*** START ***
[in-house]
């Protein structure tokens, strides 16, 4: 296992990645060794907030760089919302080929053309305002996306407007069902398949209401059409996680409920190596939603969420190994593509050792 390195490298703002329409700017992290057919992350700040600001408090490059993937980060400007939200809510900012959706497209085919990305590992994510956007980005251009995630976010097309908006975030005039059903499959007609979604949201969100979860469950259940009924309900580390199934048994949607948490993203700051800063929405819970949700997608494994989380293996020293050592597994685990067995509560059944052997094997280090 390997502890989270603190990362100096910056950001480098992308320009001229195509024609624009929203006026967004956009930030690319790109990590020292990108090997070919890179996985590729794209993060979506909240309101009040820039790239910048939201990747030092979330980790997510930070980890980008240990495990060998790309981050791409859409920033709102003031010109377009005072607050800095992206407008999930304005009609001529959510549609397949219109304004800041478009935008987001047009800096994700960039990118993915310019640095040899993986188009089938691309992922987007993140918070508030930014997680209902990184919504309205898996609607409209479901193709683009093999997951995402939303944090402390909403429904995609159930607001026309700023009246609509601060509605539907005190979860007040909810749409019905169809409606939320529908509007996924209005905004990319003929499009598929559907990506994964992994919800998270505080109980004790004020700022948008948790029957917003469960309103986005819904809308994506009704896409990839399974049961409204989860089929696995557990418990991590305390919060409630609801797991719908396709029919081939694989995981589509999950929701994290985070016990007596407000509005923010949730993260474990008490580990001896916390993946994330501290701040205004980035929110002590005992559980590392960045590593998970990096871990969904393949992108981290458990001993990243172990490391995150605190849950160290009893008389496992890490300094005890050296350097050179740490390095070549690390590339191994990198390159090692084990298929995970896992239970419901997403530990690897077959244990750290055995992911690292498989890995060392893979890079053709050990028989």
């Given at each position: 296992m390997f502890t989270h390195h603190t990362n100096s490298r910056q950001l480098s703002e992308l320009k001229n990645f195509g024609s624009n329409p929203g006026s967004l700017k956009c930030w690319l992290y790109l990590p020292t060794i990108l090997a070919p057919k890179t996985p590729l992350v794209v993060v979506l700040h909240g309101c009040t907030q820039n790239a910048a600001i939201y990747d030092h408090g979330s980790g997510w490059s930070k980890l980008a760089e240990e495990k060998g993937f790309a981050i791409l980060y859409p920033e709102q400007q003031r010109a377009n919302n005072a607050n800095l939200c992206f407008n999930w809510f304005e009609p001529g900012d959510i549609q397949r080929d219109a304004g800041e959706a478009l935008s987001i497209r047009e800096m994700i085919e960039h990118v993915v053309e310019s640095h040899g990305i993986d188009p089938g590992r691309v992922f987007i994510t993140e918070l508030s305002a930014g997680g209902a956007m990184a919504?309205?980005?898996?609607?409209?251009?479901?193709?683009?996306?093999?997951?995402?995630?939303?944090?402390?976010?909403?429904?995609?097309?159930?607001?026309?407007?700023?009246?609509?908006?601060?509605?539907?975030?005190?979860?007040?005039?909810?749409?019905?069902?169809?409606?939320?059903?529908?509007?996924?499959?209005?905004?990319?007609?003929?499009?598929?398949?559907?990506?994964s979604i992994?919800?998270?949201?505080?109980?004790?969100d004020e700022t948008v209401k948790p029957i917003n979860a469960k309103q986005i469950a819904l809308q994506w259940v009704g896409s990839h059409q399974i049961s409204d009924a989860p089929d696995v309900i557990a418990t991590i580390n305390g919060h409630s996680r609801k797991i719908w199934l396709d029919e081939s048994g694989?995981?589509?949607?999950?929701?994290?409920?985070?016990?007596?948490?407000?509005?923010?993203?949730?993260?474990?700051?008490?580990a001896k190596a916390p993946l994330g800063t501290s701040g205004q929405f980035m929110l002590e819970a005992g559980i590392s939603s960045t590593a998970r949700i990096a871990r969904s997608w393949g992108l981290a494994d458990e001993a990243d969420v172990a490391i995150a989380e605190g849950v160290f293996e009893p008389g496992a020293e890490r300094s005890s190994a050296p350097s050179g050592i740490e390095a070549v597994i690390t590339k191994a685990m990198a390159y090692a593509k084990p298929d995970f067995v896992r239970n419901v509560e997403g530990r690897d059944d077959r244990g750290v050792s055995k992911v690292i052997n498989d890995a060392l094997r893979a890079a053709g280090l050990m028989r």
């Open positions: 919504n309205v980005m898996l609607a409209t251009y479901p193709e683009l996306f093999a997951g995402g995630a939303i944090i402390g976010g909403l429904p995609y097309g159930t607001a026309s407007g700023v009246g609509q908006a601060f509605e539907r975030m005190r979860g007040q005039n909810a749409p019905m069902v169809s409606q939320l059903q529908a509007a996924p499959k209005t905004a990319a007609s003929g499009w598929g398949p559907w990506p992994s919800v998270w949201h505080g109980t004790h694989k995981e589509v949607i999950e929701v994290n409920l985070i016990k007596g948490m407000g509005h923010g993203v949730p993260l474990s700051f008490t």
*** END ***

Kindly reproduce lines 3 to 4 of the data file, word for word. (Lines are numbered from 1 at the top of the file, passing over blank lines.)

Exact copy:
């Given at each position: 296992m390997f502890t989270h390195h603190t990362n100096s490298r910056q950001l480098s703002e992308l320009k001229n990645f195509g024609s624009n329409p929203g006026s967004l700017k956009c930030w690319l992290y790109l990590p020292t060794i990108l090997a070919p057919k890179t996985p590729l992350v794209v993060v979506l700040h909240g309101c009040t907030q820039n790239a910048a600001i939201y990747d030092h408090g979330s980790g997510w490059s930070k980890l980008a760089e240990e495990k060998g993937f790309a981050i791409l980060y859409p920033e709102q400007q003031r010109a377009n919302n005072a607050n800095l939200c992206f407008n999930w809510f304005e009609p001529g900012d959510i549609q397949r080929d219109a304004g800041e959706a478009l935008s987001i497209r047009e800096m994700i085919e960039h990118v993915v053309e310019s640095h040899g990305i993986d188009p089938g590992r691309v992922f987007i994510t993140e918070l508030s305002a930014g997680g209902a956007m990184a919504?309205?980005?898996?609607?409209?251009?479901?193709?683009?996306?093999?997951?995402?995630?939303?944090?402390?976010?909403?429904?995609?097309?159930?607001?026309?407007?700023?009246?609509?908006?601060?509605?539907?975030?005190?979860?007040?005039?909810?749409?019905?069902?169809?409606?939320?059903?529908?509007?996924?499959?209005?905004?990319?007609?003929?499009?598929?398949?559907?990506?994964s979604i992994?919800?998270?949201?505080?109980?004790?969100d004020e700022t948008v209401k948790p029957i917003n979860a469960k309103q986005i469950a819904l809308q994506w259940v009704g896409s990839h059409q399974i049961s409204d009924a989860p089929d696995v309900i557990a418990t991590i580390n305390g919060h409630s996680r609801k797991i719908w199934l396709d029919e081939s048994g694989?995981?589509?949607?999950?929701?994290?409920?985070?016990?007596?948490?407000?509005?923010?993203?949730?993260?474990?700051?008490?580990a001896k190596a916390p993946l994330g800063t501290s701040g205004q929405f980035m929110l002590e819970a005992g559980i590392s939603s960045t590593a998970r949700i990096a871990r969904s997608w393949g992108l981290a494994d458990e001993a990243d969420v172990a490391i995150a989380e605190g849950v160290f293996e009893p008389g496992a020293e890490r300094s005890s190994a050296p350097s050179g050592i740490e390095a070549v597994i690390t590339k191994a685990m990198a390159y090692a593509k084990p298929d995970f067995v896992r239970n419901v509560e997403g530990r690897d059944d077959r244990g750290v050792s055995k992911v690292i052997n498989d890995a060392l094997r893979a890079a053709g280090l050990m028989r």
């Open positions: 919504n309205v980005m898996l609607a409209t251009y479901p193709e683009l996306f093999a997951g995402g995630a939303i944090i402390g976010g909403l429904p995609y097309g159930t607001a026309s407007g700023v009246g609509q908006a601060f509605e539907r975030m005190r979860g007040q005039n909810a749409p019905m069902v169809s409606q939320l059903q529908a509007a996924p499959k209005t905004a990319a007609s003929g499009w598929g398949p559907w990506p992994s919800v998270w949201h505080g109980t004790h694989k995981e589509v949607i999950e929701v994290n409920l985070i016990k007596g948490m407000g509005h923010g993203v949730p993260l474990s700051f008490t």